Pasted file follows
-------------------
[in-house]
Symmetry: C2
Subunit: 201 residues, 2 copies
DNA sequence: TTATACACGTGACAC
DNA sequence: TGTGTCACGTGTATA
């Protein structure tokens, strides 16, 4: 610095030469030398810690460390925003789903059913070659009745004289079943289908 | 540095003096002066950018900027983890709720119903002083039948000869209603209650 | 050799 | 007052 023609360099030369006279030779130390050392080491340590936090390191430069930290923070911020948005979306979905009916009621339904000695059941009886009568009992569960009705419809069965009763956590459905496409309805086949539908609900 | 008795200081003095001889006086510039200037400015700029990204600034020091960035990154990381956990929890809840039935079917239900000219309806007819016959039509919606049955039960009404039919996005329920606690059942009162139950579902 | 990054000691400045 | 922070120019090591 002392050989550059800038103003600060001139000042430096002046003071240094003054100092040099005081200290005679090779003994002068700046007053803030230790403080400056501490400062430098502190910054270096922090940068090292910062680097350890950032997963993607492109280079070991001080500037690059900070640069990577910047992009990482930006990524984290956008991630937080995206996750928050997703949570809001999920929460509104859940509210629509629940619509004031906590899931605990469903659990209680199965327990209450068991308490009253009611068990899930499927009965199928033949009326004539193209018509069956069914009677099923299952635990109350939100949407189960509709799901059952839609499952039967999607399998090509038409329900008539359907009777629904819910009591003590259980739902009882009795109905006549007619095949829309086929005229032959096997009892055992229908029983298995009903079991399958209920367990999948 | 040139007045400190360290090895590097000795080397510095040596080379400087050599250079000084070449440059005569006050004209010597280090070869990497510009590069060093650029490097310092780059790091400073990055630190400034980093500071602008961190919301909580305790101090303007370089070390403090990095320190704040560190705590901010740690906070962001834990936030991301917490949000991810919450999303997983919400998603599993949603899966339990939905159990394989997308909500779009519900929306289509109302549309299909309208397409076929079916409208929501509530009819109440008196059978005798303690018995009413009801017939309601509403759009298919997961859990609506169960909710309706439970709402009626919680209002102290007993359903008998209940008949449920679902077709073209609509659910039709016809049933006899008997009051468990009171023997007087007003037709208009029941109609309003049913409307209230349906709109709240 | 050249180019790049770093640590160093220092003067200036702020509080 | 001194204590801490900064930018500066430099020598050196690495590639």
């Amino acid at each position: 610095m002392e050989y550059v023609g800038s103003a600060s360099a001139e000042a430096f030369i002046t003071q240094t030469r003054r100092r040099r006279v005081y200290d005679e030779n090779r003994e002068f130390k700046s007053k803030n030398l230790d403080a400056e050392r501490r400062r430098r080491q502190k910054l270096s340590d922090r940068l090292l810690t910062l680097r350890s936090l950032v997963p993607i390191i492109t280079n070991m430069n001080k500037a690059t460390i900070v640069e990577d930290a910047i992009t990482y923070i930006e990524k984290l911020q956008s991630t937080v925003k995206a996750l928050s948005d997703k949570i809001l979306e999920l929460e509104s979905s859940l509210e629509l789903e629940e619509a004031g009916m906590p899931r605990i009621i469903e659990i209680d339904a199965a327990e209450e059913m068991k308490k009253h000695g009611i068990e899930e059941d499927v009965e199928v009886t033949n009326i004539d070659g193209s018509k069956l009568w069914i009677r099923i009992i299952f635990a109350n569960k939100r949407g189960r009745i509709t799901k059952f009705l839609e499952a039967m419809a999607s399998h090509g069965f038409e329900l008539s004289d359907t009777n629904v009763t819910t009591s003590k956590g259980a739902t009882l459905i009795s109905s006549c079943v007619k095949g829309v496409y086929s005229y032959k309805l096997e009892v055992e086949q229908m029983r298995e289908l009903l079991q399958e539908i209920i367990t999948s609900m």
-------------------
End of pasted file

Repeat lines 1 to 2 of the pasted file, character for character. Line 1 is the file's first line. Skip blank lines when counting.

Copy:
[in-house]
Symmetry: C2